Go on Govey, you know you want to…

BBC Radio 4’s The Now Show always introduces Education Secretary Michael Gove via a reference to the evil dummy in a 1970s horror movie. The clear implication is that Mr Gove struggles to control his inner, and even more frenetically right-wing, self. His mask of reasonableness slips from time to time, and the truth comes tumbling out. An unfortunate (or, one might feel, extremely fortunate) leak has precipitated just such a revealing moment today, when the Education Secretary was obliged to ‘fess up to parliament that the evil dummy has been urging him to return to a 2-tier system of examinations for 16yr-olds such as pertained when I was at school. I and my supposedly intellectually superior fellows took O-levels, whilst our more run-of-the-mill comrades took CSEs.

Ironically, given Mr Gove’s sycophantic admiration for the erstwhile prime minister, it was Margaret Thatcher’s government that abolished the 2-tier system, and brought in the GCSEs that we know today. Apparently, says either Mr Gove himself or possibly his evil dummy agent provocateur, this has short-changed the clever children of today who are obliged to take ridiculously easy exams merely so that their more stupid colleagues should not be embarrassed. And so a system of hard, proper exams – doubtless including Latin and other improving subjects – should be reintroduced for the brainy, whilst easier qualifications – based around modules marked by their bleeding heart teachers who will be suitably lenient – should be continued for the, well, not so brainy and the downright thick. In this way we will please all the pupils all of the time.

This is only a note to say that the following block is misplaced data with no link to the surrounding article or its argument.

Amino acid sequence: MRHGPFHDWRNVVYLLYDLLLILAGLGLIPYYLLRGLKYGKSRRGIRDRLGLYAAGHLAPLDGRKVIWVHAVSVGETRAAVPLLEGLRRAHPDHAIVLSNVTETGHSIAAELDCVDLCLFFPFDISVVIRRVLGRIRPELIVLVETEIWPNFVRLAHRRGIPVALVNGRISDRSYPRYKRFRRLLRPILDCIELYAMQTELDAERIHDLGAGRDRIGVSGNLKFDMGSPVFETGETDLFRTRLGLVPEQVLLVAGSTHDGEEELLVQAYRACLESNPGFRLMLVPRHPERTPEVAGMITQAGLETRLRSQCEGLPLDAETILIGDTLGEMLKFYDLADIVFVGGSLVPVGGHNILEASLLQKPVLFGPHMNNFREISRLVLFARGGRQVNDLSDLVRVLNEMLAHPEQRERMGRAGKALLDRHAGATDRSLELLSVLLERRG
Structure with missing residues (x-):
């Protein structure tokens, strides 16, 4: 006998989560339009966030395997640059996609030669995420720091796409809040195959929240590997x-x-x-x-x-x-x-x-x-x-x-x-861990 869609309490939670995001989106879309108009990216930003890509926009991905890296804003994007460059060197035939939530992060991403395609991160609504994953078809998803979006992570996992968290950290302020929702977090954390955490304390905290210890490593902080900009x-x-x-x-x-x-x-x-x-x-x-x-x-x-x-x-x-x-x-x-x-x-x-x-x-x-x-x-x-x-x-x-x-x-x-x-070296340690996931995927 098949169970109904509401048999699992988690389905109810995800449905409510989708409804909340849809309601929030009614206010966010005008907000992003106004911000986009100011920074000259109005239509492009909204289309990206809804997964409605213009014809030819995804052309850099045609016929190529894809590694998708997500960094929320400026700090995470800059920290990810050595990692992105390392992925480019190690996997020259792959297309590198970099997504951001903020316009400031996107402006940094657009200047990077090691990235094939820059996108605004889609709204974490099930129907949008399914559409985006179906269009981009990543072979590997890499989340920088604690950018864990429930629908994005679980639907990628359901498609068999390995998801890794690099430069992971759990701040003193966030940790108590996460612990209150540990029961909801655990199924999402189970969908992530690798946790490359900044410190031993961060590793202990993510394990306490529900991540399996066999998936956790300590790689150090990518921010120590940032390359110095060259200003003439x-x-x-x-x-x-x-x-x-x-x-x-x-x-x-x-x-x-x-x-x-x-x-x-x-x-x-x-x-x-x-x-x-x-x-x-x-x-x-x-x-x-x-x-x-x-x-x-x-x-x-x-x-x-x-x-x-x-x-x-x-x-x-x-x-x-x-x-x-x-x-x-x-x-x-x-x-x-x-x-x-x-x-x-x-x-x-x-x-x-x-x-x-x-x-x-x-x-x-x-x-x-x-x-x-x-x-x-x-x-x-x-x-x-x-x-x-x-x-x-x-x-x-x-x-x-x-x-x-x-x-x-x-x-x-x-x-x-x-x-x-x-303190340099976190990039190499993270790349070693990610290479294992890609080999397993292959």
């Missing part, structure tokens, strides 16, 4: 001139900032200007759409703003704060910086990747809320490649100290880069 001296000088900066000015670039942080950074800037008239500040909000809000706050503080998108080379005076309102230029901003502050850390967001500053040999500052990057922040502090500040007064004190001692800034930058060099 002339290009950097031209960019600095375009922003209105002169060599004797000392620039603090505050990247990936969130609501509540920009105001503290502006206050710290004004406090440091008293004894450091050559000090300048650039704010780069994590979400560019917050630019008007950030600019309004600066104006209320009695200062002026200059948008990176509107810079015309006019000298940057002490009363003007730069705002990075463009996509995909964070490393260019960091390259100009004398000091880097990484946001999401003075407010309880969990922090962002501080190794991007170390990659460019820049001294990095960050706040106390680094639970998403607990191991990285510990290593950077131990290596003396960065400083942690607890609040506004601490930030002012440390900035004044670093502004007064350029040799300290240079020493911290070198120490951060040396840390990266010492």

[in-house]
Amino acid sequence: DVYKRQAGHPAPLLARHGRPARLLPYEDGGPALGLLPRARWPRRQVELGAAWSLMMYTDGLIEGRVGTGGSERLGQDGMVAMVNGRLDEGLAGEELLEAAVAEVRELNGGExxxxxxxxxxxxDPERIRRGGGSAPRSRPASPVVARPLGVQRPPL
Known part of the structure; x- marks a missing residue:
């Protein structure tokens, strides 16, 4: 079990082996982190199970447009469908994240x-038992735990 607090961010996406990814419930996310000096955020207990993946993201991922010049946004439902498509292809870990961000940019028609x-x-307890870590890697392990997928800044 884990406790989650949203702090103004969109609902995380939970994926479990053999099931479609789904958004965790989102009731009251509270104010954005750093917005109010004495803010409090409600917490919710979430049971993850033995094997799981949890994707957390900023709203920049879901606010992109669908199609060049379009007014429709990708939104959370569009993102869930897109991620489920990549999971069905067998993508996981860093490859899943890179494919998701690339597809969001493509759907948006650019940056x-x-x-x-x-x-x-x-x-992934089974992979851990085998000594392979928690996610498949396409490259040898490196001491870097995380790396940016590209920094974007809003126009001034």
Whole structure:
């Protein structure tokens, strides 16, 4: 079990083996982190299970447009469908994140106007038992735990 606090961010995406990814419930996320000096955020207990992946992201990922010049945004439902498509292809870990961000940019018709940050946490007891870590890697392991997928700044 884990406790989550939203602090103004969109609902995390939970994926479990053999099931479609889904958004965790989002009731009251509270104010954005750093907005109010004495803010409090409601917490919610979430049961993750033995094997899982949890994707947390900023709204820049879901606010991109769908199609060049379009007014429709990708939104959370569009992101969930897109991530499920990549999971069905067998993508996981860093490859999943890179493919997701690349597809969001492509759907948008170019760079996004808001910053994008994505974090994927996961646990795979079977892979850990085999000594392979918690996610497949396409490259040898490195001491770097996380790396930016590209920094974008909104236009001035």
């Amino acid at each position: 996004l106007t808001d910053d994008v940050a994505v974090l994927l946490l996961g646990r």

It’s easy enough to present this unflattering gloss on Mr Gove’s statement to parliament today, and even easier for me since, as I mentioned above, I was one of those brainy kids who benefited from proper, hard exams, including Latin (and indeed ancient Greek I’ll have you know, but no-one seems that exercised by the poor relation of classical studies) and am thus equipped to write with impeccable spelling, masterful use of punctuation, and a working knowledge of apostrophes. Having scaled effortlessly the ladder of proper education, I now callously kick it away from my present day equivalents in the name of dinner-table leftyism.

In fact, the whole business of a 1-tier or 2-tier examination system is a red herring. It is merely a detail of the logistics of assessment when the real issue is to restore a proper understanding of what the education of young people is for. The ire of the Liberal Democrats is in part kindled by their distaste for “going back to the 1950s”. (The other part of what’s got them cross is of course the simple fact that no-one even had the decency to tell them that Mr Gove’s evil dummy was urging him to turn the exam clock back.) In truth, they should be wanting to turn the clock back an awful lot further. Public education since the 1870 Act has really been not about education at all, but about the preparation of the workforce. The exam system is not about children’s attainment, but about providing employers with the means to pick and choose who will make the most profitable workers.